The tale of airships and exploration has fascinated writers, painters, playwrights, and filmmakers for a century. I would like to tell you about Norwegian director Kajsa Næss and her animated film, "Titina," presented in Cannes these days. But first, a step back in history.
Everyone has heard of the exploits of airships, often associated with their decline, sometimes with their accidents, others, few indeed, with the technical and geographic achievements that saw them as protagonists. Technological progress has relegated the giants of the air to a limbo of history, attaching to them the romantic label of losers and obsolete, crushed by the superiority of airplanes and their unstoppable evolution.
That is not what I am here to talk about today: I am here to remind you that there was a time when the technology of airships, the skill of their commanders, the bravery of their crews, and their immense shadow cast over great cities and remote moors instilled enthusiasm, astonishment and admiration throughout the world. In 1926, especially, the notoriety of airships and their feats brought heroes old and new into the international limelight.
Among them was an irresistible new star: Titina. Not just a female name in an era dominated by male presence, but something even more unique: Titina was a little dog. Her tiny, ordinary, intelligent little fox terrier muzzle featured the first pages of all newspapers: the first dog to fly over the North Pole in the cramped cabin of the N1 "Norge," in the Amundsen-Ellsworth-Nobile Transpolar Flight.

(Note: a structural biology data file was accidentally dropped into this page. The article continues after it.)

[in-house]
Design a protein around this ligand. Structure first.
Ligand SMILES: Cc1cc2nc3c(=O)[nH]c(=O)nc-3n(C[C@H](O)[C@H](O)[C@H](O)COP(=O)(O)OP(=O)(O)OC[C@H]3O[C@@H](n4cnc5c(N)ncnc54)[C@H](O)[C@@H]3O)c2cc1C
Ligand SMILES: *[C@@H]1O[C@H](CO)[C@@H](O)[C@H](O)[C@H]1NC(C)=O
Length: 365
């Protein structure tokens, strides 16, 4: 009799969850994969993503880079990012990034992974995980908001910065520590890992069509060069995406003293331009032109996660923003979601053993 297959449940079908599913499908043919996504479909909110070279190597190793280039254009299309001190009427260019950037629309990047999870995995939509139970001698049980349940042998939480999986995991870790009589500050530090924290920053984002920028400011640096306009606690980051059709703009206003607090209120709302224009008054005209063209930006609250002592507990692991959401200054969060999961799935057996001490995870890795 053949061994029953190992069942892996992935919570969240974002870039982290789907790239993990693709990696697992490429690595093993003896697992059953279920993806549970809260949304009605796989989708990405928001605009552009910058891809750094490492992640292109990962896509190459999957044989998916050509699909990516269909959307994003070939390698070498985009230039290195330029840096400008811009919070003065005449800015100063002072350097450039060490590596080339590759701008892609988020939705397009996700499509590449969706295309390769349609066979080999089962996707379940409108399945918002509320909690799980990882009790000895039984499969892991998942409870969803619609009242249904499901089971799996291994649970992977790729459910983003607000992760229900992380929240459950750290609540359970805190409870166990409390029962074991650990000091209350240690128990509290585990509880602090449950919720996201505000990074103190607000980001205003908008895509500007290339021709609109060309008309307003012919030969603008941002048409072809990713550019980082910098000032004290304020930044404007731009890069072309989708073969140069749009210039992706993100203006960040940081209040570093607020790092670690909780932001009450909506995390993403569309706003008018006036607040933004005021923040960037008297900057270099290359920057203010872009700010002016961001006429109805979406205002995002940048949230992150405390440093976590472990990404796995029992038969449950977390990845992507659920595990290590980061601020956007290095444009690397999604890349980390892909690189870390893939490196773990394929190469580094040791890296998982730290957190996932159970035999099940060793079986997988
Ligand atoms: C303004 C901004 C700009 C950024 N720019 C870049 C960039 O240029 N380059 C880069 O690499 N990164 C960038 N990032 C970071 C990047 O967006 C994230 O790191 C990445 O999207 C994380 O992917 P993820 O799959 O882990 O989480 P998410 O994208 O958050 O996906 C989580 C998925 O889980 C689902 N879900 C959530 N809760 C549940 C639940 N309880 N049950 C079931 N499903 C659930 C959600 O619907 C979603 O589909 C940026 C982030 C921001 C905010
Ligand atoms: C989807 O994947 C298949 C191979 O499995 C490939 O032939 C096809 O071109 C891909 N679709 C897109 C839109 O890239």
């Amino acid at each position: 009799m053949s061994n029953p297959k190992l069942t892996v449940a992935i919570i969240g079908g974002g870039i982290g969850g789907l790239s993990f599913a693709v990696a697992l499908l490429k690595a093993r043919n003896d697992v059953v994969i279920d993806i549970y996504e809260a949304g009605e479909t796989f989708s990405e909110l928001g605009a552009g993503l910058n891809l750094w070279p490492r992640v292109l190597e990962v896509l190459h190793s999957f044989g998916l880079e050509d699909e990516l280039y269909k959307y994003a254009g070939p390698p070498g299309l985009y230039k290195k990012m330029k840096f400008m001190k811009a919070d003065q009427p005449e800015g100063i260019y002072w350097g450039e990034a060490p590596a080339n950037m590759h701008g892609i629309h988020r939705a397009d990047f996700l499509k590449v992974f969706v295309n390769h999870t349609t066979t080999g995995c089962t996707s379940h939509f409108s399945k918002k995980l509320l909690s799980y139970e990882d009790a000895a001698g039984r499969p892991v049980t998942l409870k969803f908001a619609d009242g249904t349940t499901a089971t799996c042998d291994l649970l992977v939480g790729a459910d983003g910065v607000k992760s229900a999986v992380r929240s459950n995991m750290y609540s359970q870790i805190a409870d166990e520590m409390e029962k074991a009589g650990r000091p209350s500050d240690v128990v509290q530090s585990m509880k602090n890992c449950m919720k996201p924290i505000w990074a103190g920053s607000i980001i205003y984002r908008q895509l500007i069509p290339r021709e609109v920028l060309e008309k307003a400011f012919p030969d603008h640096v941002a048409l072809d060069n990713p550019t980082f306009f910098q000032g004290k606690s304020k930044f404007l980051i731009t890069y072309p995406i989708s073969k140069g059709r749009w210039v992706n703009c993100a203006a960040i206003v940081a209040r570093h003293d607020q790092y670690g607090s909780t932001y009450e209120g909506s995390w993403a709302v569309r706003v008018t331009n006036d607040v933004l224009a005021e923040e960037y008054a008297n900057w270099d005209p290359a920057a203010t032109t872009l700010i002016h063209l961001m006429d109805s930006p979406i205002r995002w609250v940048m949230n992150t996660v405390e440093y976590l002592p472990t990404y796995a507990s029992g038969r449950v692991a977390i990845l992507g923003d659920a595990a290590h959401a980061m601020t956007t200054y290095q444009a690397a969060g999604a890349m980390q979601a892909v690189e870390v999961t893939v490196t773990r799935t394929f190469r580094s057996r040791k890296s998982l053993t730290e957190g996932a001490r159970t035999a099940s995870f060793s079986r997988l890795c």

Her photos before and after the venture, in the arms of her inseparable master, Italian designer, explorer and general Umberto Nobile, show her serene and happy face. Titina traveled, and she traveled a lot: to England, Norway, Sweden, Germany, the Soviet Union, the United States, Japan... She met ministers and kings, and peed in the White House in the presence of the hilarious President Coolidge. A medal with his effigy was even minted in the Land of the Rising Sun.
When two years later, in May 1928, Titina repeated the feat, she was already a legend in the world. But the giant of the sky carrying her crashed returning from the North Pole: the world held its breath waiting for the survivors of the N4 "Italia" expedition to be unexpectedly found and finally rescued. Lost in the Arctic wilderness, the lost and wounded men were cuddled by the little dog, leaping memory of their distant home lives, faithful, affectionate, sometimes reckless: "The third one (polar bear, ed.) was chased away by Titina: (...) having escaped Nobile, she pounced on the beast, barking frantically; the poor bear, who in his life had not seen anything so small and so furious, turned his back on it and ran away."
After a month in the ice, Titina and Nobile were boarded in a small plane that landed on the ice and returned together with Swedish pilot Lundborg to civilization, safely. Once again, photos of Titina, a dual polar heroine, moved the world.
Produced by Norway and Belgium, made by Mikrofilm, written by Per Schreiner and directed, in its first feature film, by Kajsa Næss, in theaters in October 2022, "Titina" is a tribute to an animal with a big heart and infinite affection through the poetic and universal language of animation.
Næss recounts learning almost by chance, by a book, of the forgotten story of the polar flight of Norwegian hero Roald Amundsen and his traveling companions: the Italian
Umberto Nobile, the American Lincoln Ellsworth, and the crew from Norway, Italy, Sweden. Called a true(ish) story, the animated film is a tender tale where polar exploits are seen through the eyes of the small, silent dog. A film where heroism gives way to awe, trusting docility and humor of Titina, mute observer, unaware and serene heroine.
If you wish, there is also an Italian book, "Titina, storia di un cane nobile", by Giuseppe Carfagno.
And what about the real Titina? The first and last fox terrier to fly over the North Pole twice lived happily and cuddly. She died in 1938 due to chocolate indigestion. Her tiny body was embalmed and now watches over the relics of polar flights at the Italian Air Force Historical Museum.